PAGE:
LW: And what's the goal for this year?
JD: I want to lead the country in rebounding with 15 rebounds a game.
LW: You issued a pretty strong challenge to Greg Oden in the Elite Eight last year, saying you were Goliath, he was David; you were underrated, he was overrated, and then the game didn't turn out very well. How much is that still on your mind?
JD: I've heard so much about that Ohio State game this year. I let my teammates down; I apologized to them after that, because my mind was somewhere else. I was going through a lot of family problems right before that game started. But things happen, and that's why I came back this year. I wasn't going to leave on a note like that.
LW: Did the family problems lead you to say the stuff about Oden, too?
JD: No, not that part. I was just trying to hype it up. I wanted it to be a big matchup, because I'm a great rebounder and he's a great player. It's the same thing as when me and Roy [Hibbert] are going to play each other down in Memphis; people are going to try to hype that up, too.
LW: If you come into another game like that, would you hype it up in the same way? Call an Oden-caliber guy overrated?
JD: No way. Nooo way. The next time I go up against a big guy like that, I'm going to let the giant sleep.
LW: Is that your call or coach Cal's demand?
JD: Coach Cal said you learn from your mistakes. Let 'em sleep.
LW: You have a big-time freshman of your own, Chicago point guard Derrick Rose, coming in this season. I'm assuming you've had a chance to play with him a little bit; what were your impressions?
JD: The first day Derrick got there we played pickup, and me, him, CD-R [Chris Douglas-Roberts], [Robert] Dozier, and Antonio [Anderson] were on the same team, just like a starting five. Rose was amazing. Amazing. I didn't know the kid was that quick -- the first time we threw the ball in, he was down the court in three dribbles. He sees the floor very well and gets all his players involved. He just knows where everybody's at; I'm going to love playing with him because he likes to run, too.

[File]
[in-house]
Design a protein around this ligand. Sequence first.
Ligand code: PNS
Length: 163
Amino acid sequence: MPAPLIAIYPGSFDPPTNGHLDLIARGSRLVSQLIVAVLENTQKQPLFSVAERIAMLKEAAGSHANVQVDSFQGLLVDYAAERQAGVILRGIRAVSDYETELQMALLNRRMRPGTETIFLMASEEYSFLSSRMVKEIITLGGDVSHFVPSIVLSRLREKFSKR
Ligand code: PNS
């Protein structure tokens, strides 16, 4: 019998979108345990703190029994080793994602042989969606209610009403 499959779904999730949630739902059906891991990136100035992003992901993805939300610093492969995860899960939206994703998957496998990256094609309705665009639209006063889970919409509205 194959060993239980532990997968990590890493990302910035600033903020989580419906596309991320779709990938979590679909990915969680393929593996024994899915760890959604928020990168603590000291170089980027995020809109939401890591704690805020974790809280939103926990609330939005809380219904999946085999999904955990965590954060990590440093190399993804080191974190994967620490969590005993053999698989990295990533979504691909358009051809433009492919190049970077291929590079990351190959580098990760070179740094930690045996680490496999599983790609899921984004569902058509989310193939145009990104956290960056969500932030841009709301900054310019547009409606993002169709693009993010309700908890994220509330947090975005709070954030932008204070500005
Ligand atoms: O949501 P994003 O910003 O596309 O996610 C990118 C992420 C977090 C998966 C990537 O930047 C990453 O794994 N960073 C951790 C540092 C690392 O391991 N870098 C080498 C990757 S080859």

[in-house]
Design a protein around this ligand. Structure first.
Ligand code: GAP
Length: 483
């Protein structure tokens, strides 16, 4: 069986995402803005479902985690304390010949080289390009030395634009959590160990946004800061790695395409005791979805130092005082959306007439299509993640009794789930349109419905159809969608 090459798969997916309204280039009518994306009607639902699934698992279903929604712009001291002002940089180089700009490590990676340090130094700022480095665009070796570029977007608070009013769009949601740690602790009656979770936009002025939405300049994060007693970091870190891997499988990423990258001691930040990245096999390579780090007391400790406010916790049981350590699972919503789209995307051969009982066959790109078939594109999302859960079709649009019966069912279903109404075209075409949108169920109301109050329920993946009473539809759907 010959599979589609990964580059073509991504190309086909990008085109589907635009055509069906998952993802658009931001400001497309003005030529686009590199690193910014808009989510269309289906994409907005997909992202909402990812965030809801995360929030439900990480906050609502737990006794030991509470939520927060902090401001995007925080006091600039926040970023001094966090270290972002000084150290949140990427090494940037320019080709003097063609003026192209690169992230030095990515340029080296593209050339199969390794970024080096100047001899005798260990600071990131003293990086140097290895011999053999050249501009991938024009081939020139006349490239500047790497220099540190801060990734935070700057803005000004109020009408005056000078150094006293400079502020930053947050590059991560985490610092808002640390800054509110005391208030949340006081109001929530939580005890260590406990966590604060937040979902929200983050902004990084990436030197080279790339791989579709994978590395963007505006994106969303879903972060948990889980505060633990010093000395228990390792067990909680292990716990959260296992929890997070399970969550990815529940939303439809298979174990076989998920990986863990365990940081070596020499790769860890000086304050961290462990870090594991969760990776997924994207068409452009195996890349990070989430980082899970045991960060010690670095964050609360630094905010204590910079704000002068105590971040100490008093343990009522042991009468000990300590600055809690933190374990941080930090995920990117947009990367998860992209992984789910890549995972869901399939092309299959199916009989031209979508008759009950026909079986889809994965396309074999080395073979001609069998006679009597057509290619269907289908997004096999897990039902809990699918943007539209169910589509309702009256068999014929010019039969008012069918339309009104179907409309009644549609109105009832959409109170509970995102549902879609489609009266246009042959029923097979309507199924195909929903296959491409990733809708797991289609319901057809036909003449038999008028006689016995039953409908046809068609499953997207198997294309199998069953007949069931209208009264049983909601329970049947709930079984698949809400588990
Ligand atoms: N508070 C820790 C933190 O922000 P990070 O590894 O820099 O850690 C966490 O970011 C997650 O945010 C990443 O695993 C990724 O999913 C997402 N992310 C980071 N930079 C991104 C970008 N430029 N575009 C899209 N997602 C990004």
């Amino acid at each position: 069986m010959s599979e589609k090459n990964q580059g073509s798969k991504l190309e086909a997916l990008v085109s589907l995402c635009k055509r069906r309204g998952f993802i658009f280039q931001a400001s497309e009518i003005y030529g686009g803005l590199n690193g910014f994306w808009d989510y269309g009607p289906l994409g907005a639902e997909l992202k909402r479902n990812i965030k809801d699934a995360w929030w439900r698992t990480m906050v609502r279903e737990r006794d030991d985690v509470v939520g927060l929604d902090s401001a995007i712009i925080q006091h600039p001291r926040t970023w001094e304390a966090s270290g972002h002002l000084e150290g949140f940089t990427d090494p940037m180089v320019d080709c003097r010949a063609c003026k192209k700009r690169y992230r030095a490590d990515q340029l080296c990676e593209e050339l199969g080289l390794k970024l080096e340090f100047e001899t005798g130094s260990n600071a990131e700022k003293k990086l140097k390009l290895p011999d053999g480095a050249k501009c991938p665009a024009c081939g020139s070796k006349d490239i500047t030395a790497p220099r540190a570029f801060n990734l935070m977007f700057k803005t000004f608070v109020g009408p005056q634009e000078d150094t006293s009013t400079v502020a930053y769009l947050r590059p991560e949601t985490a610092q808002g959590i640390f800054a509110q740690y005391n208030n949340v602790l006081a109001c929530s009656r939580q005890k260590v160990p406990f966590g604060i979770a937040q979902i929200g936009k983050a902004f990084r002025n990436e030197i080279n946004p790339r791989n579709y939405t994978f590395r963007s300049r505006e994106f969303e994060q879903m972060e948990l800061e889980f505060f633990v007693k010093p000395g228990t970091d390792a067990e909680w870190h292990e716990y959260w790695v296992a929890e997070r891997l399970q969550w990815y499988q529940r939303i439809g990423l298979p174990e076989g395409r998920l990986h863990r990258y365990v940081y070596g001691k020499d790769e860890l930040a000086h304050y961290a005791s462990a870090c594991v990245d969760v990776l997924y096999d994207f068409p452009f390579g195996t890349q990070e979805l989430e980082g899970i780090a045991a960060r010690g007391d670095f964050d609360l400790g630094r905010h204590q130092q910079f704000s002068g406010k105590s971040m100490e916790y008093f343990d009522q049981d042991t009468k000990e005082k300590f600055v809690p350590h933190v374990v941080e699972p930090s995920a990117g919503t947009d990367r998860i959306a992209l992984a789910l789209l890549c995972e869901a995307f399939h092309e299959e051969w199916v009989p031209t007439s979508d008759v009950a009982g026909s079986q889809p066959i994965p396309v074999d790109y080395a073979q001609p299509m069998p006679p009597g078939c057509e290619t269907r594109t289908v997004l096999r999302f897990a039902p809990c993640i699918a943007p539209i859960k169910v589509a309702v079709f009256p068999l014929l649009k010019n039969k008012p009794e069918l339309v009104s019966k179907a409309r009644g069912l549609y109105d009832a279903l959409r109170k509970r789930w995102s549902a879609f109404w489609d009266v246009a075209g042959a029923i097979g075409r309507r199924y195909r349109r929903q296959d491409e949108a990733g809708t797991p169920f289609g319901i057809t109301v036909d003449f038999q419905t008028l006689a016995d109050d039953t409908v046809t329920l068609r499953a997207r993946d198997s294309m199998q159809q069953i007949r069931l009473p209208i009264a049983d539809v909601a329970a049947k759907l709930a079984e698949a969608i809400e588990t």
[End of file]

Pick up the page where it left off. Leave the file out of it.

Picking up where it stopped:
I know he's going to throw me a couple of lobs, and I'll throw him some too. I threw him one coming down on the break, it was back-and-forth, pass, pass and I threw it up to him, without knowing how high he could jump. The kid is athletic. We have to find minutes for him, because I guarantee he's a one-and-done player. He's that good. I'm going to enjoy playing with Derrick Rose this year.
LW: Those old Laurinburg guys -- Anderson, Dozier and Kareem Cooper; do you live with any of them at Memphis?
JD: We actually have a house -- 11 bedrooms, all basketball players, so mostly everybody stays there.
LW: How did you find that place?
JD: It's an on-campus thing; Coach Cal did it. It's almost like a mansion. You can get lost in there. It's decked out, too; the living room's got 42-inch flat screens where we can watch game tapes, or review player personnel. Or we can go upstairs where there's a theater, and just watch movies.
LW: Are you a fan of the HBO show The Wire, seeing that it's set in your hometown?
JD: Oh yeah, I watch it. That's right around in my neighborhood. West Baltimore. And all that stuff in actually happens back home. It's so bad that I stay in Memphis a lot. I go back home for probably three days to see a couple of my friends there, and then I'm out.
LW: And the slang in The Wire is accurate, too?
JD: They sound just like us. Like, how they say the number "two," or I’m going "too." We say it different in Baltimore, like "tue."
LW: Any scenes filmed on blocks where you once lived?
JD: Yup, there was one when Omar came up to the projects. He was like, 'Throw the bag out the window!' and they dropped it to him. That was my neighborhood. We used to stay in the apartments probably a block away from there.
LW: I remember that. One of Omar's dealer-robbery binges.
JD: Right. He was collecting everything. Robbing them with a shotgun.